Also, avoid placing it directly under the HVAC vent because it will dry up the leaves of the plant. I know that many vents are located right above or under the windows, so it might be challenging to find the right spot.
Unlike many other houseplants that need repotting every year, you can repot saw palmetto every three years or less. Even if you are using the same pot, changing up the potting mix will prevent fertilizer and salt buildup and will encourage better growth.
Frequently Asked Questions
In this section I want to answer some of the most popular questions I get about this plant.
How Fast Do Saw Palmetto Palms Grow?
Depending on the growing conditions Saw Palmetto Palm grows only about 1 – 2 inches per year. This is a very slow growing palm that eventually can grow up to 5-10ft tall and 1-5 ft wide.
It will grow slower in the container than in the ground. Full sun and good drainage will encourage the growth while heavy shade and wet soggy soil will slow it down.
These specimens have a very long life span and are known to live for over 700 years. Overtime their sprawling stems will often branch out, creating clones of themselves.
How to Remove/Kill Saw Palmetto Palm?
While it is a slow growing palm, if not managed property it can become invasive, crowding out other plants.
Getting rid of saw palmetto, once it’s well established might not be an easy task since it has strong underground stems that not only help them to survive fires, but also provide starts for new plants alongside the original plant.
In the beginning of the Spring use combination of digging, cutting and herbicide application. You can start by cutting all the leaves and mowing the rest with a brush cutter. Once it starts to grow again use weed killer (I prefer organic) as directed on the product.
If you don’t see any growth after that, you can dig out the stump. For larger stumps I recommend using a stump grinder since it can reach deeper into the ground. Since stump grinder are pretty expensive I would rent it from Home Depot instead of buying it.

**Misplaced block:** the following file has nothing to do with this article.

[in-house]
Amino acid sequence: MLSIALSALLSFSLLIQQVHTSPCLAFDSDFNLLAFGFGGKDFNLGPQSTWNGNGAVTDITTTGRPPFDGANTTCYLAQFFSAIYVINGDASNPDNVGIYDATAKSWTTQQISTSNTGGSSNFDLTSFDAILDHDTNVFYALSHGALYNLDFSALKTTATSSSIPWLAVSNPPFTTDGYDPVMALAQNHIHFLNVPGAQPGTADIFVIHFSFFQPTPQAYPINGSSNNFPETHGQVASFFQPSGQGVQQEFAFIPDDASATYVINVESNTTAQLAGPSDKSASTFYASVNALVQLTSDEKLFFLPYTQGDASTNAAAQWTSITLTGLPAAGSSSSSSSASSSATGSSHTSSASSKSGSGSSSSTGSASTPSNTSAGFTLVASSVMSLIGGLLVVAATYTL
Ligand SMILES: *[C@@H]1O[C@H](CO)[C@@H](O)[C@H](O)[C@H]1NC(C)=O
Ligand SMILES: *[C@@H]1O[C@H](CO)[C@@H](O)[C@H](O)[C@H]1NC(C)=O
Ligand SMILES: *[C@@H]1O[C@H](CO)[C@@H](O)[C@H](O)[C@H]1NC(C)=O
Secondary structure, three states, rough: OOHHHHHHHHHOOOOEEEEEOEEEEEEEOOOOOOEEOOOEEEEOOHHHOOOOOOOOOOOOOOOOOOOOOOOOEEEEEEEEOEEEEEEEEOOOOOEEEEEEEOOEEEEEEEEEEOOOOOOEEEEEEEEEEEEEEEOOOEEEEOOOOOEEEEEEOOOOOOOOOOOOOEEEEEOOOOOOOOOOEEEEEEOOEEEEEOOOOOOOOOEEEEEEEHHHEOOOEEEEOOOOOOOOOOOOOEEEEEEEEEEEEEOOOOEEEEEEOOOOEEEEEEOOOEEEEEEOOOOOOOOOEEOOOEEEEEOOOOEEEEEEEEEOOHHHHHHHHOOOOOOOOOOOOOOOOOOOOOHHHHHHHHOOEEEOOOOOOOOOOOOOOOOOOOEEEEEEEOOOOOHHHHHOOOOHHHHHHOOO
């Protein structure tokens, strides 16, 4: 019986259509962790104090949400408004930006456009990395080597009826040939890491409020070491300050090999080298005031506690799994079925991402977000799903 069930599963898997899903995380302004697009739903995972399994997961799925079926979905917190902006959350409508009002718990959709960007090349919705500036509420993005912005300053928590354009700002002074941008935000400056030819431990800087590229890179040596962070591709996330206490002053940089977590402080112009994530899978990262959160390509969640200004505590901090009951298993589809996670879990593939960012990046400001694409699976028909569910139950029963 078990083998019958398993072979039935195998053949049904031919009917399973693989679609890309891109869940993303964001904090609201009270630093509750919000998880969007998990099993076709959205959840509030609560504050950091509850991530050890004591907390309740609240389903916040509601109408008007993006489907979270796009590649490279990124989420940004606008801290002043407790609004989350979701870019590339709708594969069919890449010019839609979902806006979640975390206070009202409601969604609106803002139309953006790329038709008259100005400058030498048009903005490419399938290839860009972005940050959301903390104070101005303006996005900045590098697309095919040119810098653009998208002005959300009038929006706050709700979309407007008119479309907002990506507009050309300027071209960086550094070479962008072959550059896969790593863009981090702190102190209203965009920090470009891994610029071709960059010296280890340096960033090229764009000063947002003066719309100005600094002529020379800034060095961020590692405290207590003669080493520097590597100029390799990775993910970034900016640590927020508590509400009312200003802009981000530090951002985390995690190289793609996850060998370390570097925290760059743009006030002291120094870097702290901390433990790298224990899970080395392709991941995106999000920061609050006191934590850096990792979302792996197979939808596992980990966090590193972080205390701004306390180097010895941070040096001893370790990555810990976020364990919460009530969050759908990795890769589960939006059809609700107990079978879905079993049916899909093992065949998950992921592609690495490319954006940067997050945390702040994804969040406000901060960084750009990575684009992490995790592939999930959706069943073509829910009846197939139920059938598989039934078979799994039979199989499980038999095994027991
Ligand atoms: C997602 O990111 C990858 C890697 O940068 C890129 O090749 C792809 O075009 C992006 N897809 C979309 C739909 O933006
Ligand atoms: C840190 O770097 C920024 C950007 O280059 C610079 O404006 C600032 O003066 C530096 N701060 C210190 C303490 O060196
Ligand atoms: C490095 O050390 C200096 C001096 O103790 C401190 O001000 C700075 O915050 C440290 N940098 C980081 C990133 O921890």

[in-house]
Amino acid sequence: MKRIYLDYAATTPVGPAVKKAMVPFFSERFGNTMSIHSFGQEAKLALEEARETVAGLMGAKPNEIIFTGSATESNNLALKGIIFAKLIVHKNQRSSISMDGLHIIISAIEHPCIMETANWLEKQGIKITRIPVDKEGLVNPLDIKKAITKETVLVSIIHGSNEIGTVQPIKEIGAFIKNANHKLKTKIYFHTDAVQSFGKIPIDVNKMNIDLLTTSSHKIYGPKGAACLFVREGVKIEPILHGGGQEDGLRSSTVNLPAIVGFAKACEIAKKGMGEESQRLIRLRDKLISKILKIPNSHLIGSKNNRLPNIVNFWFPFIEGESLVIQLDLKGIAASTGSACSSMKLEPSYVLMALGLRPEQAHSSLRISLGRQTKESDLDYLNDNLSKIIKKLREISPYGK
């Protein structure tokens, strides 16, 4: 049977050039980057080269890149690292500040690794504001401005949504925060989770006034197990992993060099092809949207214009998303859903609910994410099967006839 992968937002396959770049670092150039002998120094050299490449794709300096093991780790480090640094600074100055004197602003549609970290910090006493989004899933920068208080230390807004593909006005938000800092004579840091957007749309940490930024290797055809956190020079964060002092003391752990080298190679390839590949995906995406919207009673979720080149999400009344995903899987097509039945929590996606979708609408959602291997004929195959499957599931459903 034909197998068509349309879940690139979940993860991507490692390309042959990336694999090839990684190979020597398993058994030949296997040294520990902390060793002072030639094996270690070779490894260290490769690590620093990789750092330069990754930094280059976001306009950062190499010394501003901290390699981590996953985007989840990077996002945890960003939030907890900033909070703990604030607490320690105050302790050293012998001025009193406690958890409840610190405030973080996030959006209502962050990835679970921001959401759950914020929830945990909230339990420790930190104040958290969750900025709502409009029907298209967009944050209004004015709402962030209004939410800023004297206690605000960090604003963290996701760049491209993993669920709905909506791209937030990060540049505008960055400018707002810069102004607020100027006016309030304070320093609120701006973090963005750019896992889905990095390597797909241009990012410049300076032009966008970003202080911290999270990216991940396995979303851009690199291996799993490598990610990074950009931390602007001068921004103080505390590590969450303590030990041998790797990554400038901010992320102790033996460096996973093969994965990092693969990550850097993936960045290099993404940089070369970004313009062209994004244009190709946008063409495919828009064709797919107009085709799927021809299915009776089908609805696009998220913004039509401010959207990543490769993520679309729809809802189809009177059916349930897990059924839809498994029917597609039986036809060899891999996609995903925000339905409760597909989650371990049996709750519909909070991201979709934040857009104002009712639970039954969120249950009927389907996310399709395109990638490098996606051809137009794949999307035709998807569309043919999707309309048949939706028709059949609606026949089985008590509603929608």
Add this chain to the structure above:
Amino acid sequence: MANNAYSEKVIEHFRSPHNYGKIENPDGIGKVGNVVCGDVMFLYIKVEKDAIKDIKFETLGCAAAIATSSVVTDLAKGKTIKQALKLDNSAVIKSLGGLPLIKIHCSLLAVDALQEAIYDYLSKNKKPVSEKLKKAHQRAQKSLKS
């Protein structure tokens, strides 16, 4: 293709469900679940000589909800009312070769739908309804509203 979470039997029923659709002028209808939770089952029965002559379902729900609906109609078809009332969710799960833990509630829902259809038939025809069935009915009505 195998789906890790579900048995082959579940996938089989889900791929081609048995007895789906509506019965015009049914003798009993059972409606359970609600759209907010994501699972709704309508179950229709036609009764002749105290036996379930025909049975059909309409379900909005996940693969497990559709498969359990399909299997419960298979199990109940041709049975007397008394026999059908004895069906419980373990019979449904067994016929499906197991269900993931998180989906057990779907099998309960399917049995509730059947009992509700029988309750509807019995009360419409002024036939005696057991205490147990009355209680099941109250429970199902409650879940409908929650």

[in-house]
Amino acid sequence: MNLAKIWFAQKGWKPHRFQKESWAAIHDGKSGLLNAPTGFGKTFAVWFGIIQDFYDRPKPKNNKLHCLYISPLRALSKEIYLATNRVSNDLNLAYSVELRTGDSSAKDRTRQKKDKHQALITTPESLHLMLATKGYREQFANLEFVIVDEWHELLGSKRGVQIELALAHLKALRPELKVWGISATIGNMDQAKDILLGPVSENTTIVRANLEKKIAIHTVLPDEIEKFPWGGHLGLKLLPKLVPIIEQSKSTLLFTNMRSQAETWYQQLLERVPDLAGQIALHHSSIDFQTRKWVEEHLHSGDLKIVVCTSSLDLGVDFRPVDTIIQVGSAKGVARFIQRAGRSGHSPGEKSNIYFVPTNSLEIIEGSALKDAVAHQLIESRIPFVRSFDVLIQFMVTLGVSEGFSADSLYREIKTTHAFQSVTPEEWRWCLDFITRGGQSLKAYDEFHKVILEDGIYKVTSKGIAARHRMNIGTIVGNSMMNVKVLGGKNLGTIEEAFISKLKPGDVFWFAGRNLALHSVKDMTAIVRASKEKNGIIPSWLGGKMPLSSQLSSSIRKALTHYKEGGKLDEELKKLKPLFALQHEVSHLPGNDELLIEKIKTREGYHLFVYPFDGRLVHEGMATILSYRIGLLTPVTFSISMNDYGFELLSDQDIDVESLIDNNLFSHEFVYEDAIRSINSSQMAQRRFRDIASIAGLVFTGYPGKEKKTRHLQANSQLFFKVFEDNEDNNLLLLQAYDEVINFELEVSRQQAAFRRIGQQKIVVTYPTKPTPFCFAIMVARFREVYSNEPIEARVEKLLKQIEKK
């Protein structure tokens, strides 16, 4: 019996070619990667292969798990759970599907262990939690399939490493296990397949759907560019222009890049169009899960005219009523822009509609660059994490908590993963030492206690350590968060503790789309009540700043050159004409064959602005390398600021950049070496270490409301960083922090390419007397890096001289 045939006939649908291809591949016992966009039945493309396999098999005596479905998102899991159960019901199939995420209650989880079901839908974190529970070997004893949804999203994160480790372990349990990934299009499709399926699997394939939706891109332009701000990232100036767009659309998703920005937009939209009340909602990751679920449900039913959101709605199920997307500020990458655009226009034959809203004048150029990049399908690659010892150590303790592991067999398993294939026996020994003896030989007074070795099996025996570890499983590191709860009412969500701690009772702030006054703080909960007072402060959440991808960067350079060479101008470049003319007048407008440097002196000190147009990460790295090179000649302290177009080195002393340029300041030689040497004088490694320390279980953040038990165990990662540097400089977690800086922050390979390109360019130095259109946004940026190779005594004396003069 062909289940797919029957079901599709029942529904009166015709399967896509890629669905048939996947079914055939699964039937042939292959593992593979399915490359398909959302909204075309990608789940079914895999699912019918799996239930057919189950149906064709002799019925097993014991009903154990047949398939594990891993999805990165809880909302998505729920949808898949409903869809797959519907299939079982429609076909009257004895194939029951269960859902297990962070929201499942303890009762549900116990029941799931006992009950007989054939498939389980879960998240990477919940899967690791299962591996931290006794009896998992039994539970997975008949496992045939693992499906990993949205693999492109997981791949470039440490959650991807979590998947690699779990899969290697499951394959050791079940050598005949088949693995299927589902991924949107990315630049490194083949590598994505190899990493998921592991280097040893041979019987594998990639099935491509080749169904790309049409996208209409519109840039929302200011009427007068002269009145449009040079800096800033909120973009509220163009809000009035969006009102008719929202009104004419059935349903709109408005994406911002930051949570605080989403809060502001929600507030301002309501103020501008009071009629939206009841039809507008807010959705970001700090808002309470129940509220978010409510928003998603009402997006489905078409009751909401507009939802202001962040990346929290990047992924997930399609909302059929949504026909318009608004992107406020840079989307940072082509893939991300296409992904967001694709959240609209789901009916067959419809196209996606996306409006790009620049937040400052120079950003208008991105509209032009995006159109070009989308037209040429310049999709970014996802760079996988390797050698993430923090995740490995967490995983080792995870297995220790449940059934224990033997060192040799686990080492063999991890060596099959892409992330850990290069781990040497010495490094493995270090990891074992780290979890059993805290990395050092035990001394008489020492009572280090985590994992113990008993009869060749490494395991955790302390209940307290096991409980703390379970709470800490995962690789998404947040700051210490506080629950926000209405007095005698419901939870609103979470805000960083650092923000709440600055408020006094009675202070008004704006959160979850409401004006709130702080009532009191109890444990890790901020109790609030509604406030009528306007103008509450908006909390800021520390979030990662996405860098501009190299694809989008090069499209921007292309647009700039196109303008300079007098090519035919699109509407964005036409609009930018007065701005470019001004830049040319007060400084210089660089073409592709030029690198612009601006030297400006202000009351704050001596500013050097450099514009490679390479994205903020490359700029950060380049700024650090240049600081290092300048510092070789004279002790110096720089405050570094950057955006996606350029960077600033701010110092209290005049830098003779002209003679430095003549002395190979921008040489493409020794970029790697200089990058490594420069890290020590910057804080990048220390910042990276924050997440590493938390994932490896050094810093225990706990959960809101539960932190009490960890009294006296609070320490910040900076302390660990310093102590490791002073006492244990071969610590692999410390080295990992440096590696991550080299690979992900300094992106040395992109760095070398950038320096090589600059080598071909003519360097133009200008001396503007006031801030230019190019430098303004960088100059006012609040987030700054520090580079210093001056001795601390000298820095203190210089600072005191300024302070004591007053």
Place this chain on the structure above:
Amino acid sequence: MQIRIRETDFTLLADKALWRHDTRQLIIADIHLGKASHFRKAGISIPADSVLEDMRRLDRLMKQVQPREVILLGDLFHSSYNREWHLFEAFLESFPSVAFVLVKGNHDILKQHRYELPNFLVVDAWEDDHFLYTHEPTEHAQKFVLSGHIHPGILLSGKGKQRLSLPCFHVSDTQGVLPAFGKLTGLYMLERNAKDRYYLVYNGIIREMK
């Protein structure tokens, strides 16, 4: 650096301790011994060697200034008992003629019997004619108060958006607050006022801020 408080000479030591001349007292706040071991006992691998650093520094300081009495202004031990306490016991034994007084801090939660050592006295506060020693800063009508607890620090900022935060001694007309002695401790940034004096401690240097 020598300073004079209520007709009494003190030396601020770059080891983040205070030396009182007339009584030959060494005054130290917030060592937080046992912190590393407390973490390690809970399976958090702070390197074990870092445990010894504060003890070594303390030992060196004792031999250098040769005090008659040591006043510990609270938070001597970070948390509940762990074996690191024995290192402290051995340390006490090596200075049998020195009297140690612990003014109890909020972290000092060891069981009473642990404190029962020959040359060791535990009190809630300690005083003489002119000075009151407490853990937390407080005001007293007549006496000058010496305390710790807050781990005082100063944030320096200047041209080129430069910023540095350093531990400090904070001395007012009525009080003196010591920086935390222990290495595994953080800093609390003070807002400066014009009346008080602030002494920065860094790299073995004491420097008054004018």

How to Protect Saw Palmetto Palm From Cold Weather?
Since this palm is so cold tolerant it usually doesn’t need a winter protection unless you are growing it in zone 7 where temperatures drop really low. Just like with other palm trees heavy mulching and application of fungicide/bactericide spray will help. Add about 3 – 4 inches of organic mulch around the palm.
You could also wrap smaller plants with fabric and even put heater cables around trunk and the leaf bases. The problem is that the leaves are very stiff which makes it almost impossible to wrap without extensive damage.
What Is the Difference Between Palm and Palmetto Trees?
Palmettoes are one variety of over 2,600 palm species throughout the world. The main difference between the two is the size. While palm trees can achieve 80ft in height, palmetto trees grow up to 30-60ft.
Another distinguishing feature is that trunks of palms grow vertically while trunks of palmetto trees grow horizontally.
Also, leaves of the palmettoes are star-shaped and tend to be larger and flatter. I think that due to their small height palmettoes are trying to catch as much sun as they can.
Palms also have larger and heavier fruits, while palmettoes bear smaller berries.